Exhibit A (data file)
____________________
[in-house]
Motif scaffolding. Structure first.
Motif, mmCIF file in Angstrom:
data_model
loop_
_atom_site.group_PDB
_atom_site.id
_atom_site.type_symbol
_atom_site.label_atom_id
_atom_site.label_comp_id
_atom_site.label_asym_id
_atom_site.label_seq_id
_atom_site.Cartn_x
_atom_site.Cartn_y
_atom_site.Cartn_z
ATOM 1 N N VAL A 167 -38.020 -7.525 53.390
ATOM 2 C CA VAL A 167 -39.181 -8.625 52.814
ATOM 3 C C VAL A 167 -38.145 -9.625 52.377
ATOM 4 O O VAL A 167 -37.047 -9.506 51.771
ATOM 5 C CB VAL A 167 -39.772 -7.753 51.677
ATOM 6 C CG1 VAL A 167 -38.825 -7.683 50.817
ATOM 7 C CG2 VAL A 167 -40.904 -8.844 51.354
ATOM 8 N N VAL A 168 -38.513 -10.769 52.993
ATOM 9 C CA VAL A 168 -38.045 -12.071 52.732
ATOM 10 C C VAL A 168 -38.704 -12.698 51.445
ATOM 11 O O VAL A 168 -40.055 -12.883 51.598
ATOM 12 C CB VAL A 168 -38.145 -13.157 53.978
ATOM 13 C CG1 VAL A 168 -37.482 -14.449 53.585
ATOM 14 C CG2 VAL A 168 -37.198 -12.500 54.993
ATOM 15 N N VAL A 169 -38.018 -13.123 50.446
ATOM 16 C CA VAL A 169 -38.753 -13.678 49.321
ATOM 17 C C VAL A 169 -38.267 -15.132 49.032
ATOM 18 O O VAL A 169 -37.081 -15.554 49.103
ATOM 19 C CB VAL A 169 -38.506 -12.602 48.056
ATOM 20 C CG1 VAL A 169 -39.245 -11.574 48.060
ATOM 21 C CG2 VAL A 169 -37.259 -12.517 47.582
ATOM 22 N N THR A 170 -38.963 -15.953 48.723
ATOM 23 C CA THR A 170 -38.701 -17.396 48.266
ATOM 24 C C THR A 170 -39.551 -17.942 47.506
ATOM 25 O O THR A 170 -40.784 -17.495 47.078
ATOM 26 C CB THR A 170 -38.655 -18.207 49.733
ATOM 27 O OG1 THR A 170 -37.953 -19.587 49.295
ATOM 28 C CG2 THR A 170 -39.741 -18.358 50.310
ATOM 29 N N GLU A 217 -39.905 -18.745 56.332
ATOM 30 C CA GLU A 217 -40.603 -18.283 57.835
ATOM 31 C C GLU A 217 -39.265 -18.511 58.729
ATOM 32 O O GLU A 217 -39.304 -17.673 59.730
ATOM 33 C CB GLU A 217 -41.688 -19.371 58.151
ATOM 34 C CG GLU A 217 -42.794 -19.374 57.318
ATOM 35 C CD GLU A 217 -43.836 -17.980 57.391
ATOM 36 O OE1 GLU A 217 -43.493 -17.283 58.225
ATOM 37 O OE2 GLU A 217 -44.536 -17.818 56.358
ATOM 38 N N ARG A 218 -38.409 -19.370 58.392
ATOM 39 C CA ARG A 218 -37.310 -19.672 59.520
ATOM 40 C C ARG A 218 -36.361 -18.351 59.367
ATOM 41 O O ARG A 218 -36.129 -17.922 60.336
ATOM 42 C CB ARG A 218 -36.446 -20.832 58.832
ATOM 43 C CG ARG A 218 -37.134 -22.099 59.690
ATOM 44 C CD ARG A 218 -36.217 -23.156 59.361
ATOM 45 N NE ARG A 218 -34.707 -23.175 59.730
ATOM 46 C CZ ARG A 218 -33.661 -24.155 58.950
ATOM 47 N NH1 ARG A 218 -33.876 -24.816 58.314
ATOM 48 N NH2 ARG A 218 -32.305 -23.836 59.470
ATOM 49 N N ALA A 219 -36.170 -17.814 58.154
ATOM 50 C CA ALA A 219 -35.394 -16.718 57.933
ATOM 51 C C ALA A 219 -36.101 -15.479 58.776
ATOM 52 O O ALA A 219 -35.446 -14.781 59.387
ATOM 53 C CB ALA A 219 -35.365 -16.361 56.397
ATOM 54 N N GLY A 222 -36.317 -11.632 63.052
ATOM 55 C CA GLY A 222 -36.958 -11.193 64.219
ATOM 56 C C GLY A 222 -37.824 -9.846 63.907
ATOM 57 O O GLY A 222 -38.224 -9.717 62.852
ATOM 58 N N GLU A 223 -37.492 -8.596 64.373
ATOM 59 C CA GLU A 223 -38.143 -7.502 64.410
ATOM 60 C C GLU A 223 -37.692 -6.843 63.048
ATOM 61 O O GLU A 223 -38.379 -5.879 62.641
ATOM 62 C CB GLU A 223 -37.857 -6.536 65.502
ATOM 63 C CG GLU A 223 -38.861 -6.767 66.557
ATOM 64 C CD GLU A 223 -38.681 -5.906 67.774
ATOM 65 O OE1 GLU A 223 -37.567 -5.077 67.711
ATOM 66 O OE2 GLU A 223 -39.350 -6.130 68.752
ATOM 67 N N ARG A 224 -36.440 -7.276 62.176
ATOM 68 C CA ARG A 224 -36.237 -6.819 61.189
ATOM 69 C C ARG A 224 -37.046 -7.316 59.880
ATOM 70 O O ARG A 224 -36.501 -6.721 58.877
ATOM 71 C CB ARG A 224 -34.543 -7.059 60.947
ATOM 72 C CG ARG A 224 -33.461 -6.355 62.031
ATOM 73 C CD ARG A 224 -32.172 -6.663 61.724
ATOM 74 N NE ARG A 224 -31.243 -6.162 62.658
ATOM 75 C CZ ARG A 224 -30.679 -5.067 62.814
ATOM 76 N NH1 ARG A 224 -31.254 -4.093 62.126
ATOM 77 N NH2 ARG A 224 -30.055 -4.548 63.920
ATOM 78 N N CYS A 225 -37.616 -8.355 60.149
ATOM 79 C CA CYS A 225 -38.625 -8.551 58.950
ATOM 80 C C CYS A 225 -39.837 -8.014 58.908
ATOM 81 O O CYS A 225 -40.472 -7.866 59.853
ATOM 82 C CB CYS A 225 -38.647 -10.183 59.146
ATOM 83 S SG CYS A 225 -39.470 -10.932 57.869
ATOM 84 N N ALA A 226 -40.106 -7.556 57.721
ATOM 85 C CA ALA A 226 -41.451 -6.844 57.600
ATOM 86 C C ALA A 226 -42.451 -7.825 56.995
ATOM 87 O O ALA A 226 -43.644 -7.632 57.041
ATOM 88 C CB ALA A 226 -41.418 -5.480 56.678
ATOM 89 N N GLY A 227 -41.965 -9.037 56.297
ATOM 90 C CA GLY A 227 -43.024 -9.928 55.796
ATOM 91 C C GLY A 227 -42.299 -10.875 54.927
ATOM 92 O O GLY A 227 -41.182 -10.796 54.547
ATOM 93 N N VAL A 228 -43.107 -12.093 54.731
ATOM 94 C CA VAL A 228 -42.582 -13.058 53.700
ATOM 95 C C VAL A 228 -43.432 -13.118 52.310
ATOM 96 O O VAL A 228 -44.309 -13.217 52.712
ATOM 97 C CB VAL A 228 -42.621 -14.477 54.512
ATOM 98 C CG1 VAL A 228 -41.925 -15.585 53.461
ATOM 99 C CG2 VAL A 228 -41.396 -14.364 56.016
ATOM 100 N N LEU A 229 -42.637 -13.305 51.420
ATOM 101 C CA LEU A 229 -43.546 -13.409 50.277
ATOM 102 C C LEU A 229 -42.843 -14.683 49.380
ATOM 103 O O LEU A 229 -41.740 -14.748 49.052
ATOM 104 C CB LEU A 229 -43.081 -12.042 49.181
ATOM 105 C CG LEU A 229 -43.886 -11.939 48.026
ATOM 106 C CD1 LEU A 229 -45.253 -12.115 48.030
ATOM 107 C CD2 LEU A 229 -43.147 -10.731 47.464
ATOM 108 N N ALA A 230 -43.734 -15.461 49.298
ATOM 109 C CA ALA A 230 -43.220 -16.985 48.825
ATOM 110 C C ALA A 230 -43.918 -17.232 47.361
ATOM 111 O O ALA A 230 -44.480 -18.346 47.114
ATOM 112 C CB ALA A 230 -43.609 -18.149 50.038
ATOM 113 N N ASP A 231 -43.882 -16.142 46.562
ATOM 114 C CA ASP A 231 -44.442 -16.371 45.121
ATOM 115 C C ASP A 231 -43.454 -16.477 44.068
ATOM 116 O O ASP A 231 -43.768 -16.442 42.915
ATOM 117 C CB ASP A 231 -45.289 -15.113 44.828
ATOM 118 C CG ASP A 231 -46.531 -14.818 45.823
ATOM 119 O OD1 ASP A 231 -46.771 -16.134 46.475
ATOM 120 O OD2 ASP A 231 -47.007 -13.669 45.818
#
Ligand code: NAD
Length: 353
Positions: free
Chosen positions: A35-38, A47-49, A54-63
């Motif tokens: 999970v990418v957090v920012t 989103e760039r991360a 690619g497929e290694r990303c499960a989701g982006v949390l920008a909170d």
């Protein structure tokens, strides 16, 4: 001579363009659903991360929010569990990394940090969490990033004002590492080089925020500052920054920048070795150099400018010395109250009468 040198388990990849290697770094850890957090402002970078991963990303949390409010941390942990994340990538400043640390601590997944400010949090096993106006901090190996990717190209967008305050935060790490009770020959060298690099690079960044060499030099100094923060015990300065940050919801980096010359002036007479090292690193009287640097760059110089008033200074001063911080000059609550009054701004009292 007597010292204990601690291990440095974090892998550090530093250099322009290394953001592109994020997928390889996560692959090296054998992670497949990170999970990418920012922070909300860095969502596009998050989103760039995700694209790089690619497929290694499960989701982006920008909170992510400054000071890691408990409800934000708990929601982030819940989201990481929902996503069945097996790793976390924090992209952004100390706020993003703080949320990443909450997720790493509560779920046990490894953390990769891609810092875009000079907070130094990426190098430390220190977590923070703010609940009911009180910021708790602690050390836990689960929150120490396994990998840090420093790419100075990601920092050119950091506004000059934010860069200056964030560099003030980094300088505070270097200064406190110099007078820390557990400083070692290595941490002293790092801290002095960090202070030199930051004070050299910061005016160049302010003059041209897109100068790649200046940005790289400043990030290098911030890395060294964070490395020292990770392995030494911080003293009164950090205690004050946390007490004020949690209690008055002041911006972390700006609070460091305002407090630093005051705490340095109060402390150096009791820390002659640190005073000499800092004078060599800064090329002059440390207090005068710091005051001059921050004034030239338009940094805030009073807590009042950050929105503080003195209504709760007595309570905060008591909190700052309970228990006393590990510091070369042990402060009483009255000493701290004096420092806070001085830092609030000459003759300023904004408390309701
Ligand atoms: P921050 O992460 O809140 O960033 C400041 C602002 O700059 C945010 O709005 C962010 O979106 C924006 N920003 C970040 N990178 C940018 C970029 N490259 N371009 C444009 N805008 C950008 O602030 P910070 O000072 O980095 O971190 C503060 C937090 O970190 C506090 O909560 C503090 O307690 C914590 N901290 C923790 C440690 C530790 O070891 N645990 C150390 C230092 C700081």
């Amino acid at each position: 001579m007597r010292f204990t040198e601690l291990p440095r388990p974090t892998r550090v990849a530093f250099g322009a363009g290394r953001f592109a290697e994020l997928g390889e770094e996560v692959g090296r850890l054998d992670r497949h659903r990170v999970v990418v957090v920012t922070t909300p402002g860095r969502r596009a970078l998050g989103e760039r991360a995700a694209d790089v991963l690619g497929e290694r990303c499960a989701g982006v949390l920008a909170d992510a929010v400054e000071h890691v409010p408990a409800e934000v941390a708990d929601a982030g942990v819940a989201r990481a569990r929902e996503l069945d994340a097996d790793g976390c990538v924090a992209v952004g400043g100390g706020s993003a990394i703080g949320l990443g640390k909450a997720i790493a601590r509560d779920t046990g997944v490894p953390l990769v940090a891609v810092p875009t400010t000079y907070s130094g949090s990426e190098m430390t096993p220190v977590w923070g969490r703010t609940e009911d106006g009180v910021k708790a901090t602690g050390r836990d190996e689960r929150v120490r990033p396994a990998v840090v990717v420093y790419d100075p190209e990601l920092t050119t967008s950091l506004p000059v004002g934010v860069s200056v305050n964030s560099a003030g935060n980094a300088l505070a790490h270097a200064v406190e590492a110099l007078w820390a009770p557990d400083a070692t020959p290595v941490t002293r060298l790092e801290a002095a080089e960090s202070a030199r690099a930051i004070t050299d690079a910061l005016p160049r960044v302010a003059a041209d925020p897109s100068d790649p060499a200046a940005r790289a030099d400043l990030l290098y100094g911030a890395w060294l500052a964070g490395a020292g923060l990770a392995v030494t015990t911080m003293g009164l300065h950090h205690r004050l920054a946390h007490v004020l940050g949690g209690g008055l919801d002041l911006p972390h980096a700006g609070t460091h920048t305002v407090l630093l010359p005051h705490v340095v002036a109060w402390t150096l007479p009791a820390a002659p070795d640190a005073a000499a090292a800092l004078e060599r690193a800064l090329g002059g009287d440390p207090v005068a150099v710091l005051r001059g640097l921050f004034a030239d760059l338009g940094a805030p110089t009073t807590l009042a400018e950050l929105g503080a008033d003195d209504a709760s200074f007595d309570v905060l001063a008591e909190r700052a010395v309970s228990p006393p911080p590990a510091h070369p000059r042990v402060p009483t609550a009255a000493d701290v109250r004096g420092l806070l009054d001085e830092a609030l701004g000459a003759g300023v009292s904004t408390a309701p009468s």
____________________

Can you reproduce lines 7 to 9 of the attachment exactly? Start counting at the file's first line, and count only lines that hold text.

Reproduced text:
_atom_site.id
_atom_site.type_symbol
_atom_site.label_atom_id